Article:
“It’s possible”: the interracial family dynamic in speculative fiction

As a child, one of the most magical musicals ever for me was Roger’s and Hammerstein’s Cinderella. No, not the 1965 version. The 1997 version. The one that was soundly attacked for its “unrealistic” depiction of family. Ha. Let me say that again: “unrealistic” depiction of family. In a fantasy story. Where a magical fairy waves her wand to turn a pumpkin into a coach.

If you have any doubt that the negative reviews were race-based, take a look at the IMDB page reviews. Many of the reviewers say something along these lines: “There’s no way a white dad and a black mom would produce an Asian son.” If there is one thing I need to emphasize with this blog on writing speculative fiction and race, it’s this: you do not know everything. There are so many diverse family units out there, of every color. There are SO many nontraditional families in this country. This is not unrealistic.

It’s also not “political correctness” to include a mixed family in your novel/movie/short story/whatever. It’s real life–just maybe not yours. My dad was light skinned and my mom was dark skinned. When I was out with my dad, people did not always “get” that we were family. Same with my mom. So, you can understand why seeing a movie with interracial families would resonate with me. I don’t read the casting decisions as a yes, race doesn’t matter there is only one race the Human Race statement. I read it as a yes, race matters, but let’s represent some real family dynamics that are more complex than what we’re accustomed to seeing in musicals. If you don’t “get” it, that isn’t the fault of the cast and crew, just as it isn’t my fault people didn’t “get” my family dynamic.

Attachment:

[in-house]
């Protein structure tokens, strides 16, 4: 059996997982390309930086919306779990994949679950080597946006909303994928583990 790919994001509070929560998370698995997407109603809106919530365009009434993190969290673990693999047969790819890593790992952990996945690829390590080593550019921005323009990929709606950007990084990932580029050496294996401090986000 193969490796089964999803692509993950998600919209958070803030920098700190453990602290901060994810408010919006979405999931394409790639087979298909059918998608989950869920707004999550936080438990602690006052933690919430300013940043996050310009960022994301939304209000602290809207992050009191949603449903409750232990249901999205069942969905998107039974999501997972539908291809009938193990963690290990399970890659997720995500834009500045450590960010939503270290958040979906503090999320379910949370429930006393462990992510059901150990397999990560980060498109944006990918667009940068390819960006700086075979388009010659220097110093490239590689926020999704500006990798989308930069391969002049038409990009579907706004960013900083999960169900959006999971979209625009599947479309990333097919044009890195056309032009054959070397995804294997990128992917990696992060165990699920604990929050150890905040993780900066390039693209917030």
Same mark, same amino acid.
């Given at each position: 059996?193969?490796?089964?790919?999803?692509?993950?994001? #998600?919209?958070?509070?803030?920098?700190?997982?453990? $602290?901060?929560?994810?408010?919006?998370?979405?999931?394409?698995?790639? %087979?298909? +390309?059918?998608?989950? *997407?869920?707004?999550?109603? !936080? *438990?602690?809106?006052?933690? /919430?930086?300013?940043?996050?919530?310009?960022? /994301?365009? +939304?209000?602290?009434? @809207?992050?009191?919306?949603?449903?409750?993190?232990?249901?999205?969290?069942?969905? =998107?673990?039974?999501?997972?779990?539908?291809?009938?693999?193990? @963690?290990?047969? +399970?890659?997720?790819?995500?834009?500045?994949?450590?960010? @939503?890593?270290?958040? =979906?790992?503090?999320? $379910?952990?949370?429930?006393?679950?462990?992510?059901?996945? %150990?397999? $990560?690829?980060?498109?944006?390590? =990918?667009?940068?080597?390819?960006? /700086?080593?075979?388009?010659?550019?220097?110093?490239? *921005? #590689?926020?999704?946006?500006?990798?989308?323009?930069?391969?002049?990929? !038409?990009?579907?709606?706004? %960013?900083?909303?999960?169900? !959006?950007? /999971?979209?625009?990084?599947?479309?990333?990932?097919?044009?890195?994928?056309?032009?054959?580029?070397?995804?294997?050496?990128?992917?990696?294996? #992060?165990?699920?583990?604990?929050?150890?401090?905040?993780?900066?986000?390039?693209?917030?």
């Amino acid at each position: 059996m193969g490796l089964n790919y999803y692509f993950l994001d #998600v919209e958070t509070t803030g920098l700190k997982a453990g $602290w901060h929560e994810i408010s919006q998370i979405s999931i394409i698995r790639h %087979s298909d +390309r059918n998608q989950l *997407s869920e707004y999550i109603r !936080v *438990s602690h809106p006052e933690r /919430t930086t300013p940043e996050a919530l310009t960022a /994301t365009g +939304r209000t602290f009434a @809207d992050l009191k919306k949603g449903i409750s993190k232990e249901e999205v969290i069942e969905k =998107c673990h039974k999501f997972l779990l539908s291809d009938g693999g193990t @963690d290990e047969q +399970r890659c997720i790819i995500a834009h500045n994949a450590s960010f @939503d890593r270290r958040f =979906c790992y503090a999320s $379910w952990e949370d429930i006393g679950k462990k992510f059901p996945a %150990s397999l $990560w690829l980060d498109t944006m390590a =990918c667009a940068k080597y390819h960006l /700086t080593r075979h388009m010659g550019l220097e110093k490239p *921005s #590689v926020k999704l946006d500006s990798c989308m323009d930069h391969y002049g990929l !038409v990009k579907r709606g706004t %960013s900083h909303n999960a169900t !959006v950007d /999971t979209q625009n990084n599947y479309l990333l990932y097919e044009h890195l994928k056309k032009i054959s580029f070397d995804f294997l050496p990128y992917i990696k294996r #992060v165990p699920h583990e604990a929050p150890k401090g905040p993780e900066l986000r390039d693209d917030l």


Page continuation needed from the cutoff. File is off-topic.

So many fantasy stories depict one race or another race. But what this says to me, as an interracial person, is that there is still a stigma about being biracial. Also, that it is not acceptable to come from a blended or adopted family. We need more subversive fantasy and sci-fi (and musicals!) because it sends a message. It says, “Look, you are not weird if you are Asian and your parents are black, or you are white and your parents are black, or every single one of you happens to be a different color. None of that is weird if there is love in your house.”

I’m fortunate my kids get to grow up with that version of Cinderella in their heads. They’re growing up with the 2014 version of Annie, too. I want them to see race, not deny it. To see blended family. To appreciate the complexities of the real world, even in fantasy stories. To find characters and family dynamics they can resonate with and find a place in.

It’s not political correctness that drives me to introduce them to these stories. I only want them to know, based on my experiences and many, many others, that it’s possible (and no, I don’t mean in a flouncy fairy-tale sort of way).

Being biracial and writing fantasy